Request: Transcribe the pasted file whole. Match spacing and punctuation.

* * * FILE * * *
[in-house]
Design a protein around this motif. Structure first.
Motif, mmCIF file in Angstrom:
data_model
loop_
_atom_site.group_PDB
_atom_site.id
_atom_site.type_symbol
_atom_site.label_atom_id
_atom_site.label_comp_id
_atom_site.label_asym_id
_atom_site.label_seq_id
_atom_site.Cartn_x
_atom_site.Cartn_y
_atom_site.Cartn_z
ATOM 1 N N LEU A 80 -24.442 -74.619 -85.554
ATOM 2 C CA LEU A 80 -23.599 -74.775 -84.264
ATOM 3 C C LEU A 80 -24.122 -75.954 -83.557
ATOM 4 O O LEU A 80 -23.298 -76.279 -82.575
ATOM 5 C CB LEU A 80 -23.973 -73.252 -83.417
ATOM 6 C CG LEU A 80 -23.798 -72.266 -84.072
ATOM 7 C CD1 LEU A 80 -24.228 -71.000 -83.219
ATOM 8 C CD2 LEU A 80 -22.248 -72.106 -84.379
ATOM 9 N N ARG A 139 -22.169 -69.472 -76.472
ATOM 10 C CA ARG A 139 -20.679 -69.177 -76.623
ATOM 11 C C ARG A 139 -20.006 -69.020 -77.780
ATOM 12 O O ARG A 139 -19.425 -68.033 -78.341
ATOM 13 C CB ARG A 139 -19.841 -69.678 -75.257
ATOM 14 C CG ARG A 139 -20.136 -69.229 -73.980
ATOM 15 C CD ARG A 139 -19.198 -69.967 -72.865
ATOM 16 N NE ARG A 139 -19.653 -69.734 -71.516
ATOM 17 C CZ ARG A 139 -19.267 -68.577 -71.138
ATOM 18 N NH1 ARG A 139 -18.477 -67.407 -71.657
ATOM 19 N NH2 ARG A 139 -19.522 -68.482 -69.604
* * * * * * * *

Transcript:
[in-house]
Design a protein around this motif. Structure first.
Motif, mmCIF file in Angstrom:
data_model
loop_
_atom_site.group_PDB
_atom_site.id
_atom_site.type_symbol
_atom_site.label_atom_id
_atom_site.label_comp_id
_atom_site.label_asym_id
_atom_site.label_seq_id
_atom_site.Cartn_x
_atom_site.Cartn_y
_atom_site.Cartn_z
ATOM 1 N N LEU A 80 -24.442 -74.619 -85.554
ATOM 2 C CA LEU A 80 -23.599 -74.775 -84.264
ATOM 3 C C LEU A 80 -24.122 -75.954 -83.557
ATOM 4 O O LEU A 80 -23.298 -76.279 -82.575
ATOM 5 C CB LEU A 80 -23.973 -73.252 -83.417
ATOM 6 C CG LEU A 80 -23.798 -72.266 -84.072
ATOM 7 C CD1 LEU A 80 -24.228 -71.000 -83.219
ATOM 8 C CD2 LEU A 80 -22.248 -72.106 -84.379
ATOM 9 N N ARG A 139 -22.169 -69.472 -76.472
ATOM 10 C CA ARG A 139 -20.679 -69.177 -76.623
ATOM 11 C C ARG A 139 -20.006 -69.020 -77.780
ATOM 12 O O ARG A 139 -19.425 -68.033 -78.341
ATOM 13 C CB ARG A 139 -19.841 -69.678 -75.257
ATOM 14 C CG ARG A 139 -20.136 -69.229 -73.980
ATOM 15 C CD ARG A 139 -19.198 -69.967 -72.865
ATOM 16 N NE ARG A 139 -19.653 -69.734 -71.516
ATOM 17 C CZ ARG A 139 -19.267 -68.577 -71.138
ATOM 18 N NH1 ARG A 139 -18.477 -67.407 -71.657
ATOM 19 N NH2 ARG A 139 -19.522 -68.482 -69.604